In the present case, the Complainant’s trademark was registered in the Islamic Republic of Iran many years before the Respondent registered the disputed domain name. The disputed domain name is not derived from the Respondent’s name and there is no suggestion that the Respondent is commonly known as “AEG” or some name which would contract to that. The Complainant has also verified with its Middle Eastern agent that the Respondent is not an authorized service provider or otherwise known to it.
It is not clear from the Complaint whether or not the Respondent does in fact provide repair services. As noted above, the text on the website apparently translates into offering the provision of repair services for vacuum cleaners although the goods displayed on the website are dishwashers. Even assuming in the Respondent’s favor that he does in fact provide repair services of the Complainant’s AEG brand vacuum cleaners or other whitegoods products, the Complainant also says that there is nothing on the website which discloses that the Respondent is not an authorized repair services provider of the Complainant.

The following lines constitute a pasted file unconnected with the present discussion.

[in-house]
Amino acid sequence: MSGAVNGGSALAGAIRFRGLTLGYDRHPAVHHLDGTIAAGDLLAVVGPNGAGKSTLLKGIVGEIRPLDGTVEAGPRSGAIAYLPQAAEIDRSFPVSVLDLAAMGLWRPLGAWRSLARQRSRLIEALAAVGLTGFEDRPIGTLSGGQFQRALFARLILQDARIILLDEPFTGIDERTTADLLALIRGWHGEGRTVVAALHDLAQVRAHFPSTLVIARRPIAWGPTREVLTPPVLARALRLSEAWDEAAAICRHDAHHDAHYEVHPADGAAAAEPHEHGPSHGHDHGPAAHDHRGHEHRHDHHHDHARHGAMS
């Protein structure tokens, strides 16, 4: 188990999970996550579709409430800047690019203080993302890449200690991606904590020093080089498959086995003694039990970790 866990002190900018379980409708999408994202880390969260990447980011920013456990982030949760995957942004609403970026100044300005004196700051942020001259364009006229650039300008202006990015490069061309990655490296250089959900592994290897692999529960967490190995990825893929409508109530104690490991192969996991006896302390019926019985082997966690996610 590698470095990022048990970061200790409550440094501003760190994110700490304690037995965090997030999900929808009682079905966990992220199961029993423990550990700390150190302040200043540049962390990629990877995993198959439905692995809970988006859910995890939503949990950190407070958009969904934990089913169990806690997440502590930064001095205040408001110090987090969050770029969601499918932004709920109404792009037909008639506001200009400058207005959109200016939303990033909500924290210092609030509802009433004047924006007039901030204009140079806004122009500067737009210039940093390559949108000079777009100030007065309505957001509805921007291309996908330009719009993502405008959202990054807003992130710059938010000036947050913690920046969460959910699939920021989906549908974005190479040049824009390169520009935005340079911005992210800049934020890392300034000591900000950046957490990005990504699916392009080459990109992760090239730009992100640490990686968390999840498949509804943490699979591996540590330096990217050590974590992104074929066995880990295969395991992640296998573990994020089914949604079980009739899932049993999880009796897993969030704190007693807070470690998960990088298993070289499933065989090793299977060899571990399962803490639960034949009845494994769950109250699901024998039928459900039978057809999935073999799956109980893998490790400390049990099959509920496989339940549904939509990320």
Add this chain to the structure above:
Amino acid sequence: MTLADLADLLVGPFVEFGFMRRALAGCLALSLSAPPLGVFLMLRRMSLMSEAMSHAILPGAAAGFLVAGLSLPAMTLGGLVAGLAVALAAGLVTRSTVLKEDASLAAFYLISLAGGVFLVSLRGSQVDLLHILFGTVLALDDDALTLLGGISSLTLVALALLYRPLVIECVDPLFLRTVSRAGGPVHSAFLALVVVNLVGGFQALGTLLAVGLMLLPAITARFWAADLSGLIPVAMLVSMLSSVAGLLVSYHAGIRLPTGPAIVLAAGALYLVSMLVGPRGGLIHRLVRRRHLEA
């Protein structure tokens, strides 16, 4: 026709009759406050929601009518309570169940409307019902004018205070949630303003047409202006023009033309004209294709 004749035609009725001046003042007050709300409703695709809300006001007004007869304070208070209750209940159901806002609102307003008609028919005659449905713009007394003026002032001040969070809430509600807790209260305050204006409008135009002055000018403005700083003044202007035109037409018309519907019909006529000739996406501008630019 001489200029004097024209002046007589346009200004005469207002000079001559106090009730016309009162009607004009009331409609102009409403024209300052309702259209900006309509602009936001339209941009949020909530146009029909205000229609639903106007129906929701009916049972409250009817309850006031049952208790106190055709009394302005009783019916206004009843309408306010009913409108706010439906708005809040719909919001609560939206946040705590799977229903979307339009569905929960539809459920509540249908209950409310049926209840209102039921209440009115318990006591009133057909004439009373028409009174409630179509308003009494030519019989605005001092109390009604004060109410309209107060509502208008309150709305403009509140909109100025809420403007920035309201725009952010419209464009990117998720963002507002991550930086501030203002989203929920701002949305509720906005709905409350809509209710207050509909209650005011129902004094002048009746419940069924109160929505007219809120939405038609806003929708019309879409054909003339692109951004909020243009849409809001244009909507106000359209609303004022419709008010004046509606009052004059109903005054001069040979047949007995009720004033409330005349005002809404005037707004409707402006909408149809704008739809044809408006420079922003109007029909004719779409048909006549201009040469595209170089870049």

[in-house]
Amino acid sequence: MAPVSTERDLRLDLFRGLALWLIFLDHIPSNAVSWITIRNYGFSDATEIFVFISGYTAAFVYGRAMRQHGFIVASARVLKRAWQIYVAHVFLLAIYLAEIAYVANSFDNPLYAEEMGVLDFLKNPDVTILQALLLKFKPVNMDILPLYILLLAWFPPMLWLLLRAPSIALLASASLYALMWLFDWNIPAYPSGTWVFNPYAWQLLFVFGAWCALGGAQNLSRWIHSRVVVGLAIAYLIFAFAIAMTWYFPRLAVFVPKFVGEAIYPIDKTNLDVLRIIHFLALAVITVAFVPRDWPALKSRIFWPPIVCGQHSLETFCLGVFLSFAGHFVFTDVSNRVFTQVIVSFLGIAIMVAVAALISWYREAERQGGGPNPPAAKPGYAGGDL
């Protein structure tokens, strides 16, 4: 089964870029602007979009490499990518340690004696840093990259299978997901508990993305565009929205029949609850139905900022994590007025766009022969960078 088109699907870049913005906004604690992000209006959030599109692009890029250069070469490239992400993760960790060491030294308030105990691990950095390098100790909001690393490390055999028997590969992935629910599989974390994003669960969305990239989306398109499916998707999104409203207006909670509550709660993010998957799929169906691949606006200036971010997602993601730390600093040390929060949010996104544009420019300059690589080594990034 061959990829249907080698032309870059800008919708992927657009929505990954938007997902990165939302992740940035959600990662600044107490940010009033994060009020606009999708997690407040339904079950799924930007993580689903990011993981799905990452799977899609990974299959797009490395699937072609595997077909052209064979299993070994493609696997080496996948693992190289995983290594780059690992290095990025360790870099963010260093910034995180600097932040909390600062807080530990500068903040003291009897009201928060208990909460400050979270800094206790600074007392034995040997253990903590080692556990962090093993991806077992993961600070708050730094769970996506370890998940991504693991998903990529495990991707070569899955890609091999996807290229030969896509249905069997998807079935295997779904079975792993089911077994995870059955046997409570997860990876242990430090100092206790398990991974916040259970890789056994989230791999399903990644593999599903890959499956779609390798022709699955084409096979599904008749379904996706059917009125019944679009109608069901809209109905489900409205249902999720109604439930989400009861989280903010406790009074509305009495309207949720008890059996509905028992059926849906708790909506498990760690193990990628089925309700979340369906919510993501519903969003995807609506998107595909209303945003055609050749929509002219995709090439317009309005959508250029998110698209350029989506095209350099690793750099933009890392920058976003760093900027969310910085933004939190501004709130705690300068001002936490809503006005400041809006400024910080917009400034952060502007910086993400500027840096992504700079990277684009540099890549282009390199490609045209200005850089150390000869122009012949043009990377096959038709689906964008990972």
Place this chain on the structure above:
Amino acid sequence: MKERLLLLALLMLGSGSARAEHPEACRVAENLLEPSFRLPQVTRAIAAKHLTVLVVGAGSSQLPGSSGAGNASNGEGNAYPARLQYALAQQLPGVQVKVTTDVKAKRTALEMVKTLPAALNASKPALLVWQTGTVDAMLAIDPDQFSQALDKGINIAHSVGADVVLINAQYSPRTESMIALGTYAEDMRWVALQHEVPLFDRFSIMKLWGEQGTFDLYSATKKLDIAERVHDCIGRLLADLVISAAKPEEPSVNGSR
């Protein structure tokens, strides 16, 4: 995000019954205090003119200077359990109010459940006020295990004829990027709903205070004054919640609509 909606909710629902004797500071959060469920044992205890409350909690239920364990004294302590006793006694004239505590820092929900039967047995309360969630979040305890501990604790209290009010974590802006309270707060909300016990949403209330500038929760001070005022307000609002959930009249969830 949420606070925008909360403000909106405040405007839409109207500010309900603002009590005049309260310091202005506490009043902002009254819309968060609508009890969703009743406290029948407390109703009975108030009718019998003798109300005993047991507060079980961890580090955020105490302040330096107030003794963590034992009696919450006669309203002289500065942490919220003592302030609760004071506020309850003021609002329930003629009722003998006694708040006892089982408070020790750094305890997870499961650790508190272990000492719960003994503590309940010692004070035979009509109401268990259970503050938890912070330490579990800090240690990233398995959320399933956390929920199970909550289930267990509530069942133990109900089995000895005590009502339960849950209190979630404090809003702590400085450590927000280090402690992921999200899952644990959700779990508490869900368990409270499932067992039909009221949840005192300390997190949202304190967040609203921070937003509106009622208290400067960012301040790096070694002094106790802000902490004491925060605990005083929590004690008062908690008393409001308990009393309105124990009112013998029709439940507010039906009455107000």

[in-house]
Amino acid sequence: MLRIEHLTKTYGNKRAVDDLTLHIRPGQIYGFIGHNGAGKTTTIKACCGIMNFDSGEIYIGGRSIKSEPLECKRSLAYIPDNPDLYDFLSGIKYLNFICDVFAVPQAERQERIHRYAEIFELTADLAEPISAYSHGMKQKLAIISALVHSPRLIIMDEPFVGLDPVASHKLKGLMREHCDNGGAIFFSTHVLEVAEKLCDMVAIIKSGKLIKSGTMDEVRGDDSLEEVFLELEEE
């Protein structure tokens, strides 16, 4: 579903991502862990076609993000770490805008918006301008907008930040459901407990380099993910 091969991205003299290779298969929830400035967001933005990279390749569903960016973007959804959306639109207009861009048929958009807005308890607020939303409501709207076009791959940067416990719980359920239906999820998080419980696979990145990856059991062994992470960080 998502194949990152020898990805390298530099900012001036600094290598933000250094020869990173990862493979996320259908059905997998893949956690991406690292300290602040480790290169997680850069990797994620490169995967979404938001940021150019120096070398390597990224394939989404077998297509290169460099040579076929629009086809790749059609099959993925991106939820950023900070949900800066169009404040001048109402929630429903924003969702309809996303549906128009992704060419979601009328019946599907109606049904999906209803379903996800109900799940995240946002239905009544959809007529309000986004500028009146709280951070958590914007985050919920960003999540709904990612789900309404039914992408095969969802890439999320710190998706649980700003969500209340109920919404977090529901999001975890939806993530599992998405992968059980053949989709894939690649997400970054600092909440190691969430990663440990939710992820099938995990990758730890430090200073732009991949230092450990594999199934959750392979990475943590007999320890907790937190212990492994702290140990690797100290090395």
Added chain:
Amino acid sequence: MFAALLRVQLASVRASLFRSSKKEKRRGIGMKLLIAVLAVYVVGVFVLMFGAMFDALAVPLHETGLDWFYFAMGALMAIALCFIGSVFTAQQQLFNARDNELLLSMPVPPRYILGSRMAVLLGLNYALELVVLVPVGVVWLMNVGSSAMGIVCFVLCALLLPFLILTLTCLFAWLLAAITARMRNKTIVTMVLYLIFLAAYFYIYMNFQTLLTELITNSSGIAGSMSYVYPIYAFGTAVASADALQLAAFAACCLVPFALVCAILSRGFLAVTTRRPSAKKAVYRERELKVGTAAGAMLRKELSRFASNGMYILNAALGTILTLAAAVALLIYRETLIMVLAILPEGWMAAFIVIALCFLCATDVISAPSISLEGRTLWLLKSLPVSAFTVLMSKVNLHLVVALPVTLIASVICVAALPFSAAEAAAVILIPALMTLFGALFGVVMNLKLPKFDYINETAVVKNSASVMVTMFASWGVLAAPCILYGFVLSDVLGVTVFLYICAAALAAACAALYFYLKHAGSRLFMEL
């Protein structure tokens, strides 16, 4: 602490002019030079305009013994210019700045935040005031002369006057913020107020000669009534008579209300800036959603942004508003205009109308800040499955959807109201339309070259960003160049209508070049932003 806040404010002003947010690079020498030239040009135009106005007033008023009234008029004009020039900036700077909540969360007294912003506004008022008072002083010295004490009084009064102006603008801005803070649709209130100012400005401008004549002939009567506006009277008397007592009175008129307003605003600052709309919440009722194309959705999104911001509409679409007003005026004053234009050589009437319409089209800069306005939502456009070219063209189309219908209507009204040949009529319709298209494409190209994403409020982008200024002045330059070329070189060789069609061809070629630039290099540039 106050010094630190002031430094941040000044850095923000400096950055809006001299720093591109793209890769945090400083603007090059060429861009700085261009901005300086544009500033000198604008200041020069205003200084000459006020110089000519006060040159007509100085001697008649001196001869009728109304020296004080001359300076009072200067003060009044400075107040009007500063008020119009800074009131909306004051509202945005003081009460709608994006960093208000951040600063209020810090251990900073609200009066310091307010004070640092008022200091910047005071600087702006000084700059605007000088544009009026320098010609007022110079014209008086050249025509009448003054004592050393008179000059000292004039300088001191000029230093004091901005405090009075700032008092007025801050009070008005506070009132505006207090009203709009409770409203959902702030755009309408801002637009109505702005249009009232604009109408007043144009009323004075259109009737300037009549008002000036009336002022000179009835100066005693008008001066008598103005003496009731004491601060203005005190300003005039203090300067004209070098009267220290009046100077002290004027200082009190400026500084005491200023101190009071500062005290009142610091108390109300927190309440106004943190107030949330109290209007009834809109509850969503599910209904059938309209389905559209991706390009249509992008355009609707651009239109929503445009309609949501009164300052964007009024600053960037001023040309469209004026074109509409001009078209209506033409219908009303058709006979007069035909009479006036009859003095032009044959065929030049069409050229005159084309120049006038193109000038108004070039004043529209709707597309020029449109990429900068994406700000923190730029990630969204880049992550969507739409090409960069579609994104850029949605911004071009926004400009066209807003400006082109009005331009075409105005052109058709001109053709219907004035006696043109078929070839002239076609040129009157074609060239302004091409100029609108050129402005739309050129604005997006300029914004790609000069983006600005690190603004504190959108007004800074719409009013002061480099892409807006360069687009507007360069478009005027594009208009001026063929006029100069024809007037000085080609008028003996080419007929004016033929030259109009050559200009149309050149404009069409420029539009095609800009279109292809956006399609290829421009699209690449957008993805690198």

The Respondent does not dispute any of these matters. On the contrary, his email dated February 24, 2016 appears to accept them.
In these circumstances, the Complainant has established a prima facie case that the Respondent has no rights or legitimate interests in the disputed domain name. The Respondent has not sought to rebut that prima facie case. Accordingly, the Panel finds the Complainant has established the second requirement under the Policy also.
C. Registered or Used in Bad Faith
Under the third requirement of the Policy, the Complainant must establish that the disputed domain name has been registered or is used in bad faith by the Respondent. Unlike the position under the Uniform Domain Name Dispute Resolution Policy, it is necessary to prove only one condition or the other: see, e.g., MIP METRO Group lntellectual Property GmbH & Co. KG v. Masoud Ziaie Moayyed, WIPO Case No. DIR2007-0005 and Aktiebolaget Electrolux v. Ali Jabbari, WIPO Case No. DIR2014-0005.
Generally speaking, a finding that a domain name has been registered or is being used in bad faith requires an inference to be drawn that the respondent in question has registered or is using the disputed domain name to take advantage of its significance as a trademark owned by (usually) the complainant.